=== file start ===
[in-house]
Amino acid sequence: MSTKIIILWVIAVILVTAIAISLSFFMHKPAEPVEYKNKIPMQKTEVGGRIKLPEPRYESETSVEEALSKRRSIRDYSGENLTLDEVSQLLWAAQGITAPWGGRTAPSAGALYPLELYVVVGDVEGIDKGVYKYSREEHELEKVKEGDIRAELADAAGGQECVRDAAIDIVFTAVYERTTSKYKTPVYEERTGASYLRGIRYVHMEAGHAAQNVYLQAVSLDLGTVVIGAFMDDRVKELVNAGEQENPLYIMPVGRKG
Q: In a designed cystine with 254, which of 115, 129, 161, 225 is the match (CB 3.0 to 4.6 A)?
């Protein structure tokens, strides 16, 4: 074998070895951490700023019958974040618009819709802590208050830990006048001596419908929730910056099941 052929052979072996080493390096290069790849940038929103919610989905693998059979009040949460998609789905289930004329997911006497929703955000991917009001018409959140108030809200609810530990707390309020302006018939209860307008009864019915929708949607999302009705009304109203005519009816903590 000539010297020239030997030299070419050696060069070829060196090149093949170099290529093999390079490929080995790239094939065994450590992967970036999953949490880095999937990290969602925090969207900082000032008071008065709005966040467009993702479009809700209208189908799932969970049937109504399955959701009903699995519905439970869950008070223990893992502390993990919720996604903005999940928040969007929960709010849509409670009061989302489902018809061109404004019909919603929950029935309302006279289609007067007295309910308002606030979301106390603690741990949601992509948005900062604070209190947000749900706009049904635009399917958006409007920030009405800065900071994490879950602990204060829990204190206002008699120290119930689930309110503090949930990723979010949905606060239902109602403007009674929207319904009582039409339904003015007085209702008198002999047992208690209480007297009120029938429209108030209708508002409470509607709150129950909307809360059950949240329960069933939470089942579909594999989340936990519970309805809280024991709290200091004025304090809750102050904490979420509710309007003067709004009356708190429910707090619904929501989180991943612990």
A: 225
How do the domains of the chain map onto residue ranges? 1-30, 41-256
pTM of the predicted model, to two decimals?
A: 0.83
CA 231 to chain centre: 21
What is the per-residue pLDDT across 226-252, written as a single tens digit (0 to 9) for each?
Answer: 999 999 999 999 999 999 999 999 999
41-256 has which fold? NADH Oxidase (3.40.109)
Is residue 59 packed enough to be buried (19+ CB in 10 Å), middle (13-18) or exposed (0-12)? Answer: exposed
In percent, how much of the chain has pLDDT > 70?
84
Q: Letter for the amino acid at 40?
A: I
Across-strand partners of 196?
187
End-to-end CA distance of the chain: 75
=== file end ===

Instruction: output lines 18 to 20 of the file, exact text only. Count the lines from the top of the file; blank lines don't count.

Across-strand partners of 196?
187
End-to-end CA distance of the chain: 75